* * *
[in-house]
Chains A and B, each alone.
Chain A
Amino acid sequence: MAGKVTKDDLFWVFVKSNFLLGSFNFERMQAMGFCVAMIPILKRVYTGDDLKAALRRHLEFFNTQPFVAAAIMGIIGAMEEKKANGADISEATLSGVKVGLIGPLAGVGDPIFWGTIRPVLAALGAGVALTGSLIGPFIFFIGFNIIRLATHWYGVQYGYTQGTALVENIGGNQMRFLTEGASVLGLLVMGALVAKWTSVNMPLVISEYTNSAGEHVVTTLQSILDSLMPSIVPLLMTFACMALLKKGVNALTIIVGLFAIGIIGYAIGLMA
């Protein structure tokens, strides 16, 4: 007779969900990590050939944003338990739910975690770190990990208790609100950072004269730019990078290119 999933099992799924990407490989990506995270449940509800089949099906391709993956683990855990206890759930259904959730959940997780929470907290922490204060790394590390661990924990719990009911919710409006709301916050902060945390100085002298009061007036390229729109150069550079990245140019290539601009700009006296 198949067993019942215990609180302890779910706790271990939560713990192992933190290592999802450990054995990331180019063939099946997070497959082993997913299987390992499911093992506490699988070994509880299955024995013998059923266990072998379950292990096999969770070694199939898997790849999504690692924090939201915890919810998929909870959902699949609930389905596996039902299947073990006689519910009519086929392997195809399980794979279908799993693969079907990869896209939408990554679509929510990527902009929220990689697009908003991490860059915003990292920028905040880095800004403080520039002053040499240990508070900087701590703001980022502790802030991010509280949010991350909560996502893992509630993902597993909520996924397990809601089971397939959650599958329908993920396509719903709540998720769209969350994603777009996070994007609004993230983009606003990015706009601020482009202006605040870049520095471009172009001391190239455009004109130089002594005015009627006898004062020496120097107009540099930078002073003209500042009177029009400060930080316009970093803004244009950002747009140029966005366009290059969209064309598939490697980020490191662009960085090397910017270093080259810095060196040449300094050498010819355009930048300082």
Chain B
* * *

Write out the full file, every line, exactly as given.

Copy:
[in-house]
Chains A and B, each alone.
Chain A
Amino acid sequence: MAGKVTKDDLFWVFVKSNFLLGSFNFERMQAMGFCVAMIPILKRVYTGDDLKAALRRHLEFFNTQPFVAAAIMGIIGAMEEKKANGADISEATLSGVKVGLIGPLAGVGDPIFWGTIRPVLAALGAGVALTGSLIGPFIFFIGFNIIRLATHWYGVQYGYTQGTALVENIGGNQMRFLTEGASVLGLLVMGALVAKWTSVNMPLVISEYTNSAGEHVVTTLQSILDSLMPSIVPLLMTFACMALLKKGVNALTIIVGLFAIGIIGYAIGLMA
């Protein structure tokens, strides 16, 4: 007779969900990590050939944003338990739910975690770190990990208790609100950072004269730019990078290119 999933099992799924990407490989990506995270449940509800089949099906391709993956683990855990206890759930259904959730959940997780929470907290922490204060790394590390661990924990719990009911919710409006709301916050902060945390100085002298009061007036390229729109150069550079990245140019290539601009700009006296 198949067993019942215990609180302890779910706790271990939560713990192992933190290592999802450990054995990331180019063939099946997070497959082993997913299987390992499911093992506490699988070994509880299955024995013998059923266990072998379950292990096999969770070694199939898997790849999504690692924090939201915890919810998929909870959902699949609930389905596996039902299947073990006689519910009519086929392997195809399980794979279908799993693969079907990869896209939408990554679509929510990527902009929220990689697009908003991490860059915003990292920028905040880095800004403080520039002053040499240990508070900087701590703001980022502790802030991010509280949010991350909560996502893992509630993902597993909520996924397990809601089971397939959650599958329908993920396509719903709540998720769209969350994603777009996070994007609004993230983009606003990015706009601020482009202006605040870049520095471009172009001391190239455009004109130089002594005015009627006898004062020496120097107009540099930078002073003209500042009177029009400060930080316009970093803004244009950002747009140029966005366009290059969209064309598939490697980020490191662009960085090397910017270093080259810095060196040449300094050498010819355009930048300082």
Chain B